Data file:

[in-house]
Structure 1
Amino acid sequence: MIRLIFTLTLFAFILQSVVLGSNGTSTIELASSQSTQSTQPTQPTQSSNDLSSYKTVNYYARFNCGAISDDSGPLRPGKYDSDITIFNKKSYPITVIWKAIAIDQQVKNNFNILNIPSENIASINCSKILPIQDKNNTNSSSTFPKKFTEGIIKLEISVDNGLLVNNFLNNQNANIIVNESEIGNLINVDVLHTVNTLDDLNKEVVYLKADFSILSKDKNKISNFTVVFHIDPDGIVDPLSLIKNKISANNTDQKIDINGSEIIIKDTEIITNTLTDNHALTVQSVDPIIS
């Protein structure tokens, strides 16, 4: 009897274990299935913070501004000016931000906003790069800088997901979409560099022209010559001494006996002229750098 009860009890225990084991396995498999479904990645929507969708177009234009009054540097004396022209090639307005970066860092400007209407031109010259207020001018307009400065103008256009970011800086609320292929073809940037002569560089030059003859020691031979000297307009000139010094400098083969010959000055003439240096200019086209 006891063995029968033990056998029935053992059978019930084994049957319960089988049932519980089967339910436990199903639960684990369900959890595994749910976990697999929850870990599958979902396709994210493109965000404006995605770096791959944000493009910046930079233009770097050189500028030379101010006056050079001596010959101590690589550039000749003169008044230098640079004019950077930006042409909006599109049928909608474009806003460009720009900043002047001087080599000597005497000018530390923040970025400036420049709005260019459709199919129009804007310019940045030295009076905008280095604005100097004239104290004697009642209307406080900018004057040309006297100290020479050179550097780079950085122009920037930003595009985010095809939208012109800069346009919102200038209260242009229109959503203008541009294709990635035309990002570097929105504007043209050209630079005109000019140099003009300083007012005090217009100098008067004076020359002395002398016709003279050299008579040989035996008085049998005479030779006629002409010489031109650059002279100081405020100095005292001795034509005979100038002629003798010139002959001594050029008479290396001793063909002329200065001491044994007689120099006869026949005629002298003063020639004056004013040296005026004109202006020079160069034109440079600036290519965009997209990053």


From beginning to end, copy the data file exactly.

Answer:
[in-house]
Structure 1
Amino acid sequence: MIRLIFTLTLFAFILQSVVLGSNGTSTIELASSQSTQSTQPTQPTQSSNDLSSYKTVNYYARFNCGAISDDSGPLRPGKYDSDITIFNKKSYPITVIWKAIAIDQQVKNNFNILNIPSENIASINCSKILPIQDKNNTNSSSTFPKKFTEGIIKLEISVDNGLLVNNFLNNQNANIIVNESEIGNLINVDVLHTVNTLDDLNKEVVYLKADFSILSKDKNKISNFTVVFHIDPDGIVDPLSLIKNKISANNTDQKIDINGSEIIIKDTEIITNTLTDNHALTVQSVDPIIS
């Protein structure tokens, strides 16, 4: 009897274990299935913070501004000016931000906003790069800088997901979409560099022209010559001494006996002229750098 009860009890225990084991396995498999479904990645929507969708177009234009009054540097004396022209090639307005970066860092400007209407031109010259207020001018307009400065103008256009970011800086609320292929073809940037002569560089030059003859020691031979000297307009000139010094400098083969010959000055003439240096200019086209 006891063995029968033990056998029935053992059978019930084994049957319960089988049932519980089967339910436990199903639960684990369900959890595994749910976990697999929850870990599958979902396709994210493109965000404006995605770096791959944000493009910046930079233009770097050189500028030379101010006056050079001596010959101590690589550039000749003169008044230098640079004019950077930006042409909006599109049928909608474009806003460009720009900043002047001087080599000597005497000018530390923040970025400036420049709005260019459709199919129009804007310019940045030295009076905008280095604005100097004239104290004697009642209307406080900018004057040309006297100290020479050179550097780079950085122009920037930003595009985010095809939208012109800069346009919102200038209260242009229109959503203008541009294709990635035309990002570097929105504007043209050209630079005109000019140099003009300083007012005090217009100098008067004076020359002395002398016709003279050299008579040989035996008085049998005479030779006629002409010489031109650059002279100081405020100095005292001795034509005979100038002629003798010139002959001594050029008479290396001793063909002329200065001491044994007689120099006869026949005629002298003063020639004056004013040296005026004109202006020079160069034109440079600036290519965009997209990053």